The chocolate brown color of Black Earth Creek near Mazomanie on Sunday prompted Village Trustee Mike Krawczyk to drive upstream toward Cross Plains to fish for trout.
As the Mazomanie representative headed toward clearer water, he said, he surveyed the farmland separating his village and Cross Plains. Krawczyk said silt, fertilizer and pesticides run into the creek and downstream after every rain, and three more years of that will further darken the creek around Mazomanie.
But three more years of runoff is at the heart of a state response filed Tuesday to a Mazomanie lawsuit against the Wisconsin Department of Natural Resources.
Mazomanie is suing the DNR for not reviewing the Capital Area Regional Planning Commission’s rejection last year of a proposed 200-acre mixed-use development near Black Earth Creek between the village and Cross Plains. Mazomanie representatives argue the development would improve the quality of the creek.
Mazomanie argues the commission’s advisory status to the DNR means the agency must make the final decision for proposed developments that affect water quality. The commission rejected the development over concerns it would harm the creek, and the DNR chose not to get involved.
By rejecting the proposal, the commission did not change the area’s water quality management plan, and by state law, the DNR only must review decisions that change the plan, according to the response brief filed by Assistant Attorney General Lorraine Stoltzfus.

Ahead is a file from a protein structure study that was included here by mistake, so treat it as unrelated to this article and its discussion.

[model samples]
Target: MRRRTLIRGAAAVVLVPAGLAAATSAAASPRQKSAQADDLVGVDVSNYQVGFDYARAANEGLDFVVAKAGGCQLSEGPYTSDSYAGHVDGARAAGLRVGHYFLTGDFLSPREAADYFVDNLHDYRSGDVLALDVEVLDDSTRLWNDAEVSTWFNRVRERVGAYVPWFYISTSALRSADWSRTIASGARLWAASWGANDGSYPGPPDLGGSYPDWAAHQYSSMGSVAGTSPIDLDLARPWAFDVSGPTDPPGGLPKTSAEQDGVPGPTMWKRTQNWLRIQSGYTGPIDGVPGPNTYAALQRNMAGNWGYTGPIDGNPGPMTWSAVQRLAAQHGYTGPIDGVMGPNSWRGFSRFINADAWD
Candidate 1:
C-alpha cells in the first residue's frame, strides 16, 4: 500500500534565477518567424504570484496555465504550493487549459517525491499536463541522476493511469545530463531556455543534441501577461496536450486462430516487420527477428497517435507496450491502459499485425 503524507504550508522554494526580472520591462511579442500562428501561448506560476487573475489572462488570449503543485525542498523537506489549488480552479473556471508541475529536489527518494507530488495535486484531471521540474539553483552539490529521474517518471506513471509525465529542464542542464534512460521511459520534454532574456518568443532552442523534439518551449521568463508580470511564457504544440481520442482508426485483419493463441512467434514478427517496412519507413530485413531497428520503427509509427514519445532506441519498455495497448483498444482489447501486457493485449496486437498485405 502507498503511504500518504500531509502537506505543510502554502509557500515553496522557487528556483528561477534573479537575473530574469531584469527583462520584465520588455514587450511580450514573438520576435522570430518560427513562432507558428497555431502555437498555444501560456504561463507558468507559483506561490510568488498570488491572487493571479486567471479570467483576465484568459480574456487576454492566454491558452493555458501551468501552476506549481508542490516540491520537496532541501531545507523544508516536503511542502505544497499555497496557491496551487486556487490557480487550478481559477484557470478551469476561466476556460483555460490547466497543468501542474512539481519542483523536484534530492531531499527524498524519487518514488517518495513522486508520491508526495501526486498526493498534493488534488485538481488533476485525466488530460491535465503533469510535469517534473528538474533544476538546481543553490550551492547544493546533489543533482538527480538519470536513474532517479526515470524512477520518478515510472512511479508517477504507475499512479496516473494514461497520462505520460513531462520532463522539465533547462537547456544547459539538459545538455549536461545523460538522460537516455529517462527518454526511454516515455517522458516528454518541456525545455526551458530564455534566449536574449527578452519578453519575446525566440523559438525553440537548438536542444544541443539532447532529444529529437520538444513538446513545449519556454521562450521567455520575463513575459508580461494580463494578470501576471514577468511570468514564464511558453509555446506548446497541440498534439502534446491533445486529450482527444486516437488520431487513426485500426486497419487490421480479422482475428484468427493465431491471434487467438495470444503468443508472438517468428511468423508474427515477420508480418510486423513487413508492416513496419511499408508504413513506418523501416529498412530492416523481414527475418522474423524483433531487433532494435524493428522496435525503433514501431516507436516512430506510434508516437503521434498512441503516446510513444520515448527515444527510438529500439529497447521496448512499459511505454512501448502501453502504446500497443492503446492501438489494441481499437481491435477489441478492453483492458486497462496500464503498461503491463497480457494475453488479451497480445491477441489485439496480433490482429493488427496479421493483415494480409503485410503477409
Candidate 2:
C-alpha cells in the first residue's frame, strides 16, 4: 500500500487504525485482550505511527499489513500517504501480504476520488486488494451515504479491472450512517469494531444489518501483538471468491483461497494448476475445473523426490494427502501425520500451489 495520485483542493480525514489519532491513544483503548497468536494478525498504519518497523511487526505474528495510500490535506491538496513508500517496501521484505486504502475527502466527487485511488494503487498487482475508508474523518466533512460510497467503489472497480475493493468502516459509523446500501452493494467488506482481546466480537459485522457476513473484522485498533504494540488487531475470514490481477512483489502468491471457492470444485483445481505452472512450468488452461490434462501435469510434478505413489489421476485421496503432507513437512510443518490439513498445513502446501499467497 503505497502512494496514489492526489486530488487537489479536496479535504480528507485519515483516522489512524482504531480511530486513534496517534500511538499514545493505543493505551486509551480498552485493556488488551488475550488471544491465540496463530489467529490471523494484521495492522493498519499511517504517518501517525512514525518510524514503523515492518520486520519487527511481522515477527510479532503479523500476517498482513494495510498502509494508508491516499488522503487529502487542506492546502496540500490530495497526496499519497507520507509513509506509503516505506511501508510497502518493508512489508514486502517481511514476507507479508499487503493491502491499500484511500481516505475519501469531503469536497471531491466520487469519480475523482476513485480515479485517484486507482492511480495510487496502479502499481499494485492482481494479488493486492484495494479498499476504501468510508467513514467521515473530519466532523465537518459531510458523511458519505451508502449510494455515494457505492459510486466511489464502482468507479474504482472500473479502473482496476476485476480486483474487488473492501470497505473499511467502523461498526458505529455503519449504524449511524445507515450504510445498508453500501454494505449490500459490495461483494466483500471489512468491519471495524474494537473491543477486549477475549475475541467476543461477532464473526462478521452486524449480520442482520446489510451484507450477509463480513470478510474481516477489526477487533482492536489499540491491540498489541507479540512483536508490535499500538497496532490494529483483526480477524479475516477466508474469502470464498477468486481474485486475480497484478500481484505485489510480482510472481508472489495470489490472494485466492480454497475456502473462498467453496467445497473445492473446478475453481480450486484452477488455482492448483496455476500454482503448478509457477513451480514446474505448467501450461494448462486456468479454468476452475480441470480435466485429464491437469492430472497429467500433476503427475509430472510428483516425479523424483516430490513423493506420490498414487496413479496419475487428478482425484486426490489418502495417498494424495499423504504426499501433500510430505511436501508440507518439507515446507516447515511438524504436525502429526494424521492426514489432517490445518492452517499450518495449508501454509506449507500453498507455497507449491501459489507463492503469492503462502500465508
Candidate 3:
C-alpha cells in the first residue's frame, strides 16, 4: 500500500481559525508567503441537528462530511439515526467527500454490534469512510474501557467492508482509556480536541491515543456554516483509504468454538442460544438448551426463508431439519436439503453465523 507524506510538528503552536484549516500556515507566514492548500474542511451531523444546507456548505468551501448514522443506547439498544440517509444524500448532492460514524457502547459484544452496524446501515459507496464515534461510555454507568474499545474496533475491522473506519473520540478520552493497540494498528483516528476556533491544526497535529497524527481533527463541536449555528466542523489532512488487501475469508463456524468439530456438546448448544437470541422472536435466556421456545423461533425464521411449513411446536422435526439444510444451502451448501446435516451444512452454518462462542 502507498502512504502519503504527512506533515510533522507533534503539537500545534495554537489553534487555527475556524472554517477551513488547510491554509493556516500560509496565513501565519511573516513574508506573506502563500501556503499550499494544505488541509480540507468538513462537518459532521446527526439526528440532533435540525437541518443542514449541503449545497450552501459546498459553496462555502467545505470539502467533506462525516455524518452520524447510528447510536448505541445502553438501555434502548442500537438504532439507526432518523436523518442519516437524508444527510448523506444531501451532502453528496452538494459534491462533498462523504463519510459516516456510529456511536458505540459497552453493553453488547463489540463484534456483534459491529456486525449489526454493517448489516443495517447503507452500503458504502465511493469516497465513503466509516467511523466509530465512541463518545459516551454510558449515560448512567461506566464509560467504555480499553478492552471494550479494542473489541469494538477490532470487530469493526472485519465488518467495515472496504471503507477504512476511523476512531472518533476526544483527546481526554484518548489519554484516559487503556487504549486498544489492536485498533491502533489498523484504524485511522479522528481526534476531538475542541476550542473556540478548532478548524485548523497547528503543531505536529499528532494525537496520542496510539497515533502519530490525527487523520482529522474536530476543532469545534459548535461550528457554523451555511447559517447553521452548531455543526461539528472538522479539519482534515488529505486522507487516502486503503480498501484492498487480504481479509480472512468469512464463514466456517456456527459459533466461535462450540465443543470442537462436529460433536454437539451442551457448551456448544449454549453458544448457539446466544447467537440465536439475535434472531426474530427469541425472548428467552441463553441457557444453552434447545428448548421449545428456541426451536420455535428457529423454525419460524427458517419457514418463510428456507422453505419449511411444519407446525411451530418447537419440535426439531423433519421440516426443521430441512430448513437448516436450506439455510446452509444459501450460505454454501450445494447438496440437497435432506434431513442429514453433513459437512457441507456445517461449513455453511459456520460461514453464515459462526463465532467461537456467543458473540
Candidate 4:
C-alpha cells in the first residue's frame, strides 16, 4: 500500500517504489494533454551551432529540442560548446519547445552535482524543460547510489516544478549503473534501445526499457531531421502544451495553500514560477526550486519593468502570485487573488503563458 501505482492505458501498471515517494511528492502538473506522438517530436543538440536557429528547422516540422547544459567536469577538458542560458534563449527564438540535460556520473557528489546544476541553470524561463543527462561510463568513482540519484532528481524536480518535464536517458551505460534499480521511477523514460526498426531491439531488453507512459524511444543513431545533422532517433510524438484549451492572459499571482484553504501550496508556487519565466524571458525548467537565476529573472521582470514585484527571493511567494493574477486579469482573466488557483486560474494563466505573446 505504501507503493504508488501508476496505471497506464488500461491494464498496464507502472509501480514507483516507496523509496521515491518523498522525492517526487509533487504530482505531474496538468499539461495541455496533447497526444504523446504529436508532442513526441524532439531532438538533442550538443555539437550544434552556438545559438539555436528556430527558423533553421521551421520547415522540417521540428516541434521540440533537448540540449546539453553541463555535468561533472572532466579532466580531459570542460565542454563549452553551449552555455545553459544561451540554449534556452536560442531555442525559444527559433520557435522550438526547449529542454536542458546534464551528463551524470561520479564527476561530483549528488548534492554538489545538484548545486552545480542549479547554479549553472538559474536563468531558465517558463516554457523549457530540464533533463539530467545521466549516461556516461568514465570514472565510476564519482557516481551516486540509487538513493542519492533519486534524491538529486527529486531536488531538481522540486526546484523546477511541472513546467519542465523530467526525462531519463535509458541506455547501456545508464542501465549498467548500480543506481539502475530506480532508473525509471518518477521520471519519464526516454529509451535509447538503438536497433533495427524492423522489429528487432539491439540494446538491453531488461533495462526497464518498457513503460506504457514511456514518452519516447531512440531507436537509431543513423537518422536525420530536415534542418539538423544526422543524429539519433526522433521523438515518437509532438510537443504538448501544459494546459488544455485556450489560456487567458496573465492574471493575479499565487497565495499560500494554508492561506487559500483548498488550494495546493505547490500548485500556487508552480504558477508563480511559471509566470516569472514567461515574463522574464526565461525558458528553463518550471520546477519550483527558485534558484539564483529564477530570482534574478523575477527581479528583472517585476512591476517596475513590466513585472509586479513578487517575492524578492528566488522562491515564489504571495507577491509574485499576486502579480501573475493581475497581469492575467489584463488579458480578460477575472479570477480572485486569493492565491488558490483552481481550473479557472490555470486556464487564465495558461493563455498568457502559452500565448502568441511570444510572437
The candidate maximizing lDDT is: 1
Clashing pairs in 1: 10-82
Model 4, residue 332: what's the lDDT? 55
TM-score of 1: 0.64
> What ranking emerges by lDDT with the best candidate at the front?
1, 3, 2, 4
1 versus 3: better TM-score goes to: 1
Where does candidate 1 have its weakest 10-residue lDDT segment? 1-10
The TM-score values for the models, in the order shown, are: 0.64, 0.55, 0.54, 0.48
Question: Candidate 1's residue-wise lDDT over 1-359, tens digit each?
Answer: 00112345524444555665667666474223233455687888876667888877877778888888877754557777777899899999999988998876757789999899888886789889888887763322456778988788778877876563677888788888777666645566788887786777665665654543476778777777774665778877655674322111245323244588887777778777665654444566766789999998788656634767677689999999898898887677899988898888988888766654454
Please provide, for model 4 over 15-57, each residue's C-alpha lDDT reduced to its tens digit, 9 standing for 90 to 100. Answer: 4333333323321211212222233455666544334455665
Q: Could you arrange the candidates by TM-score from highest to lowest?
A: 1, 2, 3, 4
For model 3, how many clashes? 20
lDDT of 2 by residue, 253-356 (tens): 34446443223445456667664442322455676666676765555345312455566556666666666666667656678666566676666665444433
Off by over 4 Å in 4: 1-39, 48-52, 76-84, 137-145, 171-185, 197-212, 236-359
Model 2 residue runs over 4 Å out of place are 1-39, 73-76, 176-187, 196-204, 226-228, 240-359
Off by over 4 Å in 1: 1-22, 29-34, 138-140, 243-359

Mazomanie can force a DNR review of the proposed development by including it in the Dane County Water Quality Plan, which the DNR is supposed to update about every five years, according to Stoltzfus’ written response.
The DNR last updated the plan in 2004, said Kamran Mesbah, the regional commission’s deputy director and director of environmental resources planning. He said the DNR likely will update the plan in 2013.
Three years is too long for the village to wait for a response, said Carl Sinderbrand, the attorney with Madison-based Axley Brynelson LLP representing Mazomanie.
“We’ve been fooling around with this for well over a year with CARPC,” he said. “Putting this in the queue for the management plan could be a significant impediment to development.”
Representatives from Madison-based Hawthorn & Stone Development Inc., which proposed the project, did not return calls for comment.
The DNR owes it to Mazomanie to review the project, Sinderbrand said.
“The DNR is the agency with regulatory responsibility,” he said. “The argument is whether it has discretion to review and approve projects or effectively ignore them.”
Sinderbrand would not say if he will encourage Mazomanie to prepare the project for the updated water quality management plan.
Even if the project is put in the plan, Mesbah said, there’s no guarantee the development would survive.
“The DNR still has the authority for final approval or disapproval,” he said. “It would not be surprising if the DNR took a piece of the plan out and said it does not want to do this.”
The irony, Krawczyk said, is that in proposing Mazomanie wait for review, the state is actually hurting the quality of Black Earth Creek.
“If you put in development, you can put in buffers that stop that runoff going into the creek,” he said. “I think the project would actually improve the quality around Mazomanie because right now, it’s pretty doggone brown.”
Krawczyk said he caught some trout Sunday in the clearer waters near Cross Plains. He said he wants Mazomanie residents to have the same experience closer to home.
“I hope the state understands,” he said, “that Mazomanie has a vested interest in keeping the creek looking nice.”